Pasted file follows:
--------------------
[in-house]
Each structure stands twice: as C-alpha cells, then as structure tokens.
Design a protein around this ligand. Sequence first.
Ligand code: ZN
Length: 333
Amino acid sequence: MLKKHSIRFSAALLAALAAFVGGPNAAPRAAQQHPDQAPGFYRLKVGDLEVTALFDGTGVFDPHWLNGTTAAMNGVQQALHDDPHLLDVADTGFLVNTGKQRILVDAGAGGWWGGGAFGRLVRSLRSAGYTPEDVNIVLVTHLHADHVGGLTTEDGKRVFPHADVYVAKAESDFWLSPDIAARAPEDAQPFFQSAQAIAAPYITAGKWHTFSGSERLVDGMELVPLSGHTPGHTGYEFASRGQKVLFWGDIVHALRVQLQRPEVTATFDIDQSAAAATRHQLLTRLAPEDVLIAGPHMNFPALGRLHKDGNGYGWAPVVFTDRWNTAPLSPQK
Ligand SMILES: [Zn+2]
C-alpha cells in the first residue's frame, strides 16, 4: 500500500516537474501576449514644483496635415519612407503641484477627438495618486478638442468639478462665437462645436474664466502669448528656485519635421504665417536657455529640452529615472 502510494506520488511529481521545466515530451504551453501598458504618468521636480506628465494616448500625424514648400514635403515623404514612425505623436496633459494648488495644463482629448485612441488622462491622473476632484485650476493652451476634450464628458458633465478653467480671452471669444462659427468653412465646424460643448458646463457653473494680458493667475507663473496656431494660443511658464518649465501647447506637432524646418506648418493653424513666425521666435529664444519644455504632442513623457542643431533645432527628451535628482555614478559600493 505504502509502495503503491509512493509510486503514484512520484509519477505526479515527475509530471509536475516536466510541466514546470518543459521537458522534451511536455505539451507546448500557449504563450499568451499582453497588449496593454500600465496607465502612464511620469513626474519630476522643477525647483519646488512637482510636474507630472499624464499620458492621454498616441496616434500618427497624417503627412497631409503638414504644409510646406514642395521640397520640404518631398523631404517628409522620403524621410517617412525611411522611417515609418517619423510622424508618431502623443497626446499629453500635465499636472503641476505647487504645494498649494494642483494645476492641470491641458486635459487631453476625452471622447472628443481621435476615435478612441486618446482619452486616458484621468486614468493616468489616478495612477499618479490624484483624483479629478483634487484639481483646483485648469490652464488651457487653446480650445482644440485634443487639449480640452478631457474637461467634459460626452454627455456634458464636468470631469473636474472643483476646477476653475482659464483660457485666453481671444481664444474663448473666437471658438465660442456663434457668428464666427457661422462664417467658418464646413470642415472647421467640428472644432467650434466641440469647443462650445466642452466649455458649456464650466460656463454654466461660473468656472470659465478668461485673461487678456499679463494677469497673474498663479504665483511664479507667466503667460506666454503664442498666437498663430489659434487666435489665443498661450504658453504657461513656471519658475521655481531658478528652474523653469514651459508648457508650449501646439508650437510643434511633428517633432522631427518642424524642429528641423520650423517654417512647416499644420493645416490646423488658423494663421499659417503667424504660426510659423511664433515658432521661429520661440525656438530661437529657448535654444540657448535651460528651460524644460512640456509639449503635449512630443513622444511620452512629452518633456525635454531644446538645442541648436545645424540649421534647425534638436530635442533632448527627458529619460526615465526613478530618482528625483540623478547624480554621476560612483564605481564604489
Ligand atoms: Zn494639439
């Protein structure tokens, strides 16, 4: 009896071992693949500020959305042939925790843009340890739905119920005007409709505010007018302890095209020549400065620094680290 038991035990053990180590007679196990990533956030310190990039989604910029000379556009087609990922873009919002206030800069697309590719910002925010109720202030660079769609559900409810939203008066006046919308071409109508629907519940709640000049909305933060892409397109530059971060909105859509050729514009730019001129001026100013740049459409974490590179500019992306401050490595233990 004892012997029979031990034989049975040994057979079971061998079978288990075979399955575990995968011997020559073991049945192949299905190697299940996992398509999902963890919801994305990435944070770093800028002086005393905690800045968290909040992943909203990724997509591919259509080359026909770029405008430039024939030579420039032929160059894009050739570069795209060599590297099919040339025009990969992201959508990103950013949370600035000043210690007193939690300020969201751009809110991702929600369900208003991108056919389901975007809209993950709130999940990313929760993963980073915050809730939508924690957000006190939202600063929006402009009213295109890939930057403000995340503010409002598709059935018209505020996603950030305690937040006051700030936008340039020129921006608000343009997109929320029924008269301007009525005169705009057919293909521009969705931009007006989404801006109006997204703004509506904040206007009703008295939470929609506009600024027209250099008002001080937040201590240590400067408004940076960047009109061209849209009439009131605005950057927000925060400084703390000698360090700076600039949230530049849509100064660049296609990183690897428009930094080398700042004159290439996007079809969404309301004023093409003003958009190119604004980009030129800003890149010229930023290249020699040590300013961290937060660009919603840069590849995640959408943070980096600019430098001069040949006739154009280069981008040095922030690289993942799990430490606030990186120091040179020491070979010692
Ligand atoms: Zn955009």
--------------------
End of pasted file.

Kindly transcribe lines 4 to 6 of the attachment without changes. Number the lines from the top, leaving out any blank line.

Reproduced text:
Ligand code: ZN
Length: 333
Amino acid sequence: MLKKHSIRFSAALLAALAAFVGGPNAAPRAAQQHPDQAPGFYRLKVGDLEVTALFDGTGVFDPHWLNGTTAAMNGVQQALHDDPHLLDVADTGFLVNTGKQRILVDAGAGGWWGGGAFGRLVRSLRSAGYTPEDVNIVLVTHLHADHVGGLTTEDGKRVFPHADVYVAKAESDFWLSPDIAARAPEDAQPFFQSAQAIAAPYITAGKWHTFSGSERLVDGMELVPLSGHTPGHTGYEFASRGQKVLFWGDIVHALRVQLQRPEVTATFDIDQSAAAATRHQLLTRLAPEDVLIAGPHMNFPALGRLHKDGNGYGWAPVVFTDRWNTAPLSPQK